When you purchase a home, you may find that you need some extra cash. You might want to renovate, purchase furniture or simply have a cash buffer during the first few months of homeownership. Fortunately, some Canadian lenders offer mortgages that give you a cash back rebate when you take out your mortgage.
With a cash back mortgage, your lender advances you a cash lump sum when your mortgage closes. The most common sum you receive is 5% of your mortgage amount, but it’s possible to get between 1% and 7% depending on the lender you choose.
Let’s look at an example with someone purchasing a $350,000 home and putting $70,000 down (20%). They’ve opted for a 5-year fixed mortgage rate of 3.79% offering 1% cash back.
$350,000 = home value
$70,000 = down payment
3.79% = 5 year fixed rate
1.0% = cash back percent
Step 1 : Calculate mortgage amount
$350,000 (home price)
- $70,000 (down payment)
= Mortgage amount: $280,000
Step 2 : Calculate cash back value
$280,000 (mortgage amount)
x 1.0% (cash back percentage)
= Cash back amount: $2,800
Check out your best current mortgage rates
Lenders that offer cash back mortgages
The true cost of a cash back mortgage
It’s important to note that cash back mortgages always come with a fixed interest rate, and almost always charge a higher rate than standard mortgages. This is because lenders compensate for the additional money paid out up front by charging a higher interest rate.
Continuing with our example above, the interest rate offered on the mortgage with a 5-year fixed rate was 3.79% with 1% cash back while the lowest 5-year fixed rate on a standard mortgage (i.e. no cash-back) is 3.25%.1
$49,321 = cash back interest
$42,143 = standard interest
3.25% = 5-year fixed rate
Step 1 : Calculate extra interest paid on cash back mortgage vs standard mortgage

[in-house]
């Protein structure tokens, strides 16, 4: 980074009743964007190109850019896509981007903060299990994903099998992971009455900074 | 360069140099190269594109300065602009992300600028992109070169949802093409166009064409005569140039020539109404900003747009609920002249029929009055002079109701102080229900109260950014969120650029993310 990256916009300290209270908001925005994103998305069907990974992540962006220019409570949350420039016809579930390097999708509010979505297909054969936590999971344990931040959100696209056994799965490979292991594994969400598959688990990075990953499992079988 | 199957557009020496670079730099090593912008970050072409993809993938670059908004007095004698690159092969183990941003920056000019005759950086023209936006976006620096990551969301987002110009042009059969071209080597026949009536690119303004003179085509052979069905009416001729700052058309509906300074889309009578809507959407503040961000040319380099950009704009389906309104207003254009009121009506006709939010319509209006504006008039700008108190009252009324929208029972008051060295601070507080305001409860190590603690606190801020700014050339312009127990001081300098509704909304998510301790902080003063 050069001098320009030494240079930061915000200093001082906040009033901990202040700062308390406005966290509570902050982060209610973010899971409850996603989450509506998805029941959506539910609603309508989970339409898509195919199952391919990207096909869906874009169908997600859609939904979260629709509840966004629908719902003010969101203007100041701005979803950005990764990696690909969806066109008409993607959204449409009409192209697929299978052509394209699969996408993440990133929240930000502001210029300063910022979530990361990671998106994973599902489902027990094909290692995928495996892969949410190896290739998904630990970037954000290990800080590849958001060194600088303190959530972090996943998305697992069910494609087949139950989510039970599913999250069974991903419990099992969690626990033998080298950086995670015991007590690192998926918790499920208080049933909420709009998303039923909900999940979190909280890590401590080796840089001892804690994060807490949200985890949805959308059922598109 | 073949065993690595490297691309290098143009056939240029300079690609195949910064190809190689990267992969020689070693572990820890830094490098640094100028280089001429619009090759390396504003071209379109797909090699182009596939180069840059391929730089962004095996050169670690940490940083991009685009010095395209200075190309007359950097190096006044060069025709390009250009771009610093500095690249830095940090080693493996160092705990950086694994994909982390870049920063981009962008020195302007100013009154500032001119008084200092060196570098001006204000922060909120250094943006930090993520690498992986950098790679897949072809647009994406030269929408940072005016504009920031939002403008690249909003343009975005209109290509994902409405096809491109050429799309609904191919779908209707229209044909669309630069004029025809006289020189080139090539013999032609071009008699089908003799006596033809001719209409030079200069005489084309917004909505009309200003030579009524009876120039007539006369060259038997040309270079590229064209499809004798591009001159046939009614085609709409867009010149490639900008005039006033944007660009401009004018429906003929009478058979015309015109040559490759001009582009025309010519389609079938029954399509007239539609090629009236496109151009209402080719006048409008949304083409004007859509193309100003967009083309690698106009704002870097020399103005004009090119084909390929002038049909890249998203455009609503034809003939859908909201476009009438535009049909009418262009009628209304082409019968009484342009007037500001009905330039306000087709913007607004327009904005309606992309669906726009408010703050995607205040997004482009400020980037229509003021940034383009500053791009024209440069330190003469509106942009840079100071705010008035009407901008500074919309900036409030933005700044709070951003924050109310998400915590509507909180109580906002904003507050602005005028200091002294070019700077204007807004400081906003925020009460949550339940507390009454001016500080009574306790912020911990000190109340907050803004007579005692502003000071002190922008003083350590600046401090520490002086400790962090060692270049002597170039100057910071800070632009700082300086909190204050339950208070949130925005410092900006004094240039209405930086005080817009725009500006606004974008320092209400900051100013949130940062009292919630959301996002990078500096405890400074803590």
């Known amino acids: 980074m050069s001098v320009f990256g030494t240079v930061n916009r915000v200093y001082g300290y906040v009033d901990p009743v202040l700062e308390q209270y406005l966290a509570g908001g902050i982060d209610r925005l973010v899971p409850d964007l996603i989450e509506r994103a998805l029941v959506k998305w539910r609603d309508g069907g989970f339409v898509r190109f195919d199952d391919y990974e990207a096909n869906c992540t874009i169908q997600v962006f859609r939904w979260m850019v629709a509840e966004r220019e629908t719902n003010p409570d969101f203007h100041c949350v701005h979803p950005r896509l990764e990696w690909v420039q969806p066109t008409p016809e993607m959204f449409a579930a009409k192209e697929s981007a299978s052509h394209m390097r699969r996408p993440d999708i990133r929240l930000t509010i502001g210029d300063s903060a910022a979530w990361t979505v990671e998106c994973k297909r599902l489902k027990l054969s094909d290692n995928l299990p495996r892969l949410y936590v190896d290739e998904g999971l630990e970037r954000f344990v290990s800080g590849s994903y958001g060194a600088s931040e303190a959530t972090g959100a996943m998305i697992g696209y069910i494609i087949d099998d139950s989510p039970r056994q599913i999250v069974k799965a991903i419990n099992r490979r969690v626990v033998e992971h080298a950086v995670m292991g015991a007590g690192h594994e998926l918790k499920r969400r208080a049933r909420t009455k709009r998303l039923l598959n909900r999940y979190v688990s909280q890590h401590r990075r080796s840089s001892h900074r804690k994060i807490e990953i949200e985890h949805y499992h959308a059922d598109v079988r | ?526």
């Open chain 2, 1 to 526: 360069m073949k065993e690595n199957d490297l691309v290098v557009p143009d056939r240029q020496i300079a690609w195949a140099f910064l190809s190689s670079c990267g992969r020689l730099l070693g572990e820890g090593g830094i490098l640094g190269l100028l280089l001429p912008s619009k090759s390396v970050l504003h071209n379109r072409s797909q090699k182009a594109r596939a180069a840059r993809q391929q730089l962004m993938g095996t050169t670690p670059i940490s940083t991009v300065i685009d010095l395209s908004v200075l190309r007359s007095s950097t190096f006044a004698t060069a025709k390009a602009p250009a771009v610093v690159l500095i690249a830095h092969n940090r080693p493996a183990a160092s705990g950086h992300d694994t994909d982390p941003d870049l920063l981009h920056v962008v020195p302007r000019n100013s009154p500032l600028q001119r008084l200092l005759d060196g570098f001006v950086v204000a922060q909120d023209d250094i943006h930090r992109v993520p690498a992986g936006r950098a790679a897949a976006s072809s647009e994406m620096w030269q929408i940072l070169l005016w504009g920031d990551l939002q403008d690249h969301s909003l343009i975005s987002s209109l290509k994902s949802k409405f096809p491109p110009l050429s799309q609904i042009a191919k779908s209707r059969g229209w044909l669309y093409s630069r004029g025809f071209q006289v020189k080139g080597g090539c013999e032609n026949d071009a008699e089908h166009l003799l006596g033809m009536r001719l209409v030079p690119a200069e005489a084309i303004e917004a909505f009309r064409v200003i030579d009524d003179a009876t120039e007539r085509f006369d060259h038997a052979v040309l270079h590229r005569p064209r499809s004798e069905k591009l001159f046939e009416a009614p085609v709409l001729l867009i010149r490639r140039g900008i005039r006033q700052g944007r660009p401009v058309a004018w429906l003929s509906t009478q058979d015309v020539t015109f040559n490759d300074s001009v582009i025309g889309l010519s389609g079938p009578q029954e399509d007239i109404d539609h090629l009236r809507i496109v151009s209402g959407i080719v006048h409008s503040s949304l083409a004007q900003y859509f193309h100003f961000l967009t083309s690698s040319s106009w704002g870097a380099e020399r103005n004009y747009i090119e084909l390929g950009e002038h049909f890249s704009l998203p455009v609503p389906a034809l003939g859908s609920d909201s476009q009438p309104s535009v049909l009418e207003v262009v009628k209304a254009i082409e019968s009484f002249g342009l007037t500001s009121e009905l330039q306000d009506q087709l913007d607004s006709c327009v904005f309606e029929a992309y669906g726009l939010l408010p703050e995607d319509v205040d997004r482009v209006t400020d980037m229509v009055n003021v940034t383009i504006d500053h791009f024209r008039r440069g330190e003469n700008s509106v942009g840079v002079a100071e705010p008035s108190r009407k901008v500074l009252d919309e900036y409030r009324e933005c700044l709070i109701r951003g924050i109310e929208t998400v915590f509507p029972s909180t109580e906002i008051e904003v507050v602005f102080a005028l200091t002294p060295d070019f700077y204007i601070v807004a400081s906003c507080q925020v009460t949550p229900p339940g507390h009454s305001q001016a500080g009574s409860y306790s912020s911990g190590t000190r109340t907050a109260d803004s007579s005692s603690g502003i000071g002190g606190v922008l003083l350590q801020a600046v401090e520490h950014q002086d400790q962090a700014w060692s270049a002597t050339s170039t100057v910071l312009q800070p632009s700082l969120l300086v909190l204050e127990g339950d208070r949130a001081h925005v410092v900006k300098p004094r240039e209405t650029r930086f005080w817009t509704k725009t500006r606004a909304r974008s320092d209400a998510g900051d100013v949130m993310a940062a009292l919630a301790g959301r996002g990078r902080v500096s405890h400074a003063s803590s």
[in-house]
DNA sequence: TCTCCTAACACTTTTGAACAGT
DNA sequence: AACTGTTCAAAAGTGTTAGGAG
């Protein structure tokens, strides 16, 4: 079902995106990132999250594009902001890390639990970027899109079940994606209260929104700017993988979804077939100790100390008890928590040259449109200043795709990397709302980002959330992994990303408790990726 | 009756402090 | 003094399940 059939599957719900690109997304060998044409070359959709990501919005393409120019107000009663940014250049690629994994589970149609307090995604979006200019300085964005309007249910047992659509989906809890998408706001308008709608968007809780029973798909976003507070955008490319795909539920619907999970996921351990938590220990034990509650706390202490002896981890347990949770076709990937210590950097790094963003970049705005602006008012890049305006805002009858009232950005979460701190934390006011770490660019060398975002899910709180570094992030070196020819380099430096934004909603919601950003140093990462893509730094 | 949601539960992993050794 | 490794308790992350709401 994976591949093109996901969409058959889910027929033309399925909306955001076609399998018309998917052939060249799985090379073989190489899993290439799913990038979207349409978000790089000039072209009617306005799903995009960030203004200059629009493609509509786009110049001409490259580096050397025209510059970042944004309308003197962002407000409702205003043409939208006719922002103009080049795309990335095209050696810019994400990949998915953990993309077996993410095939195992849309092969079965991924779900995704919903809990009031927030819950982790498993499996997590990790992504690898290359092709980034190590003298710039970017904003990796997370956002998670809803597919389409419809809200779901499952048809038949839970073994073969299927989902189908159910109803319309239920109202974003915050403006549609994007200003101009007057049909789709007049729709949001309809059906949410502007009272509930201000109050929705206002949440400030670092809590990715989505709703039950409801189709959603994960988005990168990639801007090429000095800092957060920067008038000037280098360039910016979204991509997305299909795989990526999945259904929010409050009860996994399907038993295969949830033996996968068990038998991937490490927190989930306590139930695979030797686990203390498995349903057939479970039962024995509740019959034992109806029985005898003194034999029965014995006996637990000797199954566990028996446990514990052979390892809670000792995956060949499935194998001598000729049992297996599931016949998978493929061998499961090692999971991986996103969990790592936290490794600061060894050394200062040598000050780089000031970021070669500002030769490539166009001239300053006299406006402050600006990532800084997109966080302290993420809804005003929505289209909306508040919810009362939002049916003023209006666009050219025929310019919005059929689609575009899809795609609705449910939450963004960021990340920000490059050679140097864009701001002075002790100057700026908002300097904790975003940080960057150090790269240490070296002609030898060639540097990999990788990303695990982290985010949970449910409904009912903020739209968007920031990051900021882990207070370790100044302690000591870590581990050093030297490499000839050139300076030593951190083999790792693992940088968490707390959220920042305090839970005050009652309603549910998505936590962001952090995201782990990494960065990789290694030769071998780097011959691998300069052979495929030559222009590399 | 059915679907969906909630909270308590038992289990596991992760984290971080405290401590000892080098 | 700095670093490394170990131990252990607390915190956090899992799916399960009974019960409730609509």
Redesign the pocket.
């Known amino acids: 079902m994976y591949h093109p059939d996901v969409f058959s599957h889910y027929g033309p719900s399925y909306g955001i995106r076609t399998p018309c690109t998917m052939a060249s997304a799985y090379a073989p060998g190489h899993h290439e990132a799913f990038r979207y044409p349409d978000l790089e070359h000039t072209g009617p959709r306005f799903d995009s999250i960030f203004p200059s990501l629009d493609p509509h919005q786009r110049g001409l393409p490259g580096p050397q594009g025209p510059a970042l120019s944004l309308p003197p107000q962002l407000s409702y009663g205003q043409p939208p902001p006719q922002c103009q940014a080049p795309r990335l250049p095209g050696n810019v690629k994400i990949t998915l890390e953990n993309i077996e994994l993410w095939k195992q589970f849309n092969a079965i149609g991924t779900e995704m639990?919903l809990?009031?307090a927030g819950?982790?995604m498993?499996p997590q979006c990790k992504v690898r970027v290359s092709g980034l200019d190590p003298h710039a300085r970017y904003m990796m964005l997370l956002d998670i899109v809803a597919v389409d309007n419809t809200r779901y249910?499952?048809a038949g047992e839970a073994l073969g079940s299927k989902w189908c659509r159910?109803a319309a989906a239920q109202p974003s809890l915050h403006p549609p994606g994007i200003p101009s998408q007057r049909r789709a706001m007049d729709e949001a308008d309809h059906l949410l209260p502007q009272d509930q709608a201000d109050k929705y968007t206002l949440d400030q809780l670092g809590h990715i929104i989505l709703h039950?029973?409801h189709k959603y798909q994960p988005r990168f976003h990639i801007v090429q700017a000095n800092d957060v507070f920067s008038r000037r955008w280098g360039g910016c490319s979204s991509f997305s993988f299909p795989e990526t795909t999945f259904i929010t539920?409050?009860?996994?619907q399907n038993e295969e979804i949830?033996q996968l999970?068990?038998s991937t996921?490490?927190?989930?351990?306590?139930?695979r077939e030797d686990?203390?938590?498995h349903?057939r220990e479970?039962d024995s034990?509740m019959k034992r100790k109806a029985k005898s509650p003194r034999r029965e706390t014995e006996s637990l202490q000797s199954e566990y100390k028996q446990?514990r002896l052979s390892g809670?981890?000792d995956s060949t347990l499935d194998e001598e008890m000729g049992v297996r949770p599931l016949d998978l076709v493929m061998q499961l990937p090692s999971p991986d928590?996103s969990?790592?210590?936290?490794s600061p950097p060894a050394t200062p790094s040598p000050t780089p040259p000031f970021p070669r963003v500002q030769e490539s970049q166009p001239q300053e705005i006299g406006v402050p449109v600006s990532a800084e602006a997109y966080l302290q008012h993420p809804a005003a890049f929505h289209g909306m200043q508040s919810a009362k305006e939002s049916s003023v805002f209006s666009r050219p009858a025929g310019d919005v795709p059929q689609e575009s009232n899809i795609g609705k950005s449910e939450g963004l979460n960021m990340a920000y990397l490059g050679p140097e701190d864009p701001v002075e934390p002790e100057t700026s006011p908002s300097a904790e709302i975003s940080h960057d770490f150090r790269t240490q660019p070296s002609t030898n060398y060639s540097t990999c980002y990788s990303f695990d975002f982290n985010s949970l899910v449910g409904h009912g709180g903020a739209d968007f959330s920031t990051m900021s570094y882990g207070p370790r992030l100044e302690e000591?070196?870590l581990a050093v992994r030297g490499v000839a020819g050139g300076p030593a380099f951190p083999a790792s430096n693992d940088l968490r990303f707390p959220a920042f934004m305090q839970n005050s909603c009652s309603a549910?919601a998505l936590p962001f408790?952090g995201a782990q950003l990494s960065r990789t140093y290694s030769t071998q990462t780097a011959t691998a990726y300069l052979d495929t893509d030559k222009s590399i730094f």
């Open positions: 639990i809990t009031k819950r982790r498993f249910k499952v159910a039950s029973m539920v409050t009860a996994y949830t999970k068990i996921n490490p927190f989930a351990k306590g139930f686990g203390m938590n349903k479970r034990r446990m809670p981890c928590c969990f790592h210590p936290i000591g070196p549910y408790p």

$49,321 (interest on cash back mortgage)
- $42,143 (interest on standard mortgage)
= Extra interest paid: $7,178
Step 2 : Subtract the cash back value from the extra interest paid
$7,178 (extra interest paid)
- $2,800 (cash back value)
= Additional interest paid on cash back mortgage: $4,378
Even if you subtract the cash rebate amount from the extra interest you’ll pay, you’ll still pay additional $4,378 over the 5-year term to receive the additional $2,800.
When does a cash back mortgage make sense?
The cash rebate you receive when you get a cash back mortgage is tax-free and you can use it for any purpose. Some of the most common uses are:
- To pay for closing costs, such as legal fees and land transfer tax.
- To supplement cash flow during the first few months of home ownership.
- To pay for renovations or furniture purchases.
- To invest or put into savings.
- To pay down high interest debt.
Breaking a cash back mortgage term early
In addition to paying more interest on your mortgage, there is another drawback to getting a cash back mortgage. If you refinance or break your mortgage term early, you will need to pay back a portion of your cash back rebate to your lender - some lenders even require that you pay it back in full.
Lenders have different policies regarding the return of cash back rebates that require you to either pay back a portion, or the entire sum, of the rebate if you break your mortgage term early.
For example, let’s say you took out a $300,000 cash back mortgage with a 5-year fixed rate of 5.34%, and you received a 5% cash back rebate of $15,000. Three years into your 5-year term, you decide to break your mortgage term.
If your lender requires you to pay back the entire sum, in order to break your mortgage term early you would need to return the full $15,000 in addition to your pre-payment penalty.
If your lender only requires a pro-rated repayment, you’ll want to determine how much this is. In our example, you have 2 years (24 months) left in your 5-year (60-month) term. To calculate what percentage of your rebate you would have to repay to your lender, you divide the number of remaining months in your term by the number of original months in your term:
$300,000 = cash back mortgage
5.34% = 5-yr fixed rate
5%= cash back percent
Step 1 : Calculate cash back value
$300,000 (mortgage amount)
x 15.0% (cash back percent)
= Cash back value: $15,000
Step 2 : Calculate percent of rebate to repay
÷ $60 months
= Percent of rebate to repay: 40%
Step 3 : Calculate value of rebate to repay
$15,000 (cash back value)
x 40% (percent of rebate to repay)
= Value of rebate to repay: $6,000
The table below outlines the cash back rebate return policies of different lenders.
Cash Back Rebate Return Policies
*These lenders no longer offer cash back mortgages to new home buyers.
References and Notes
- This example uses market rates as of January 2014.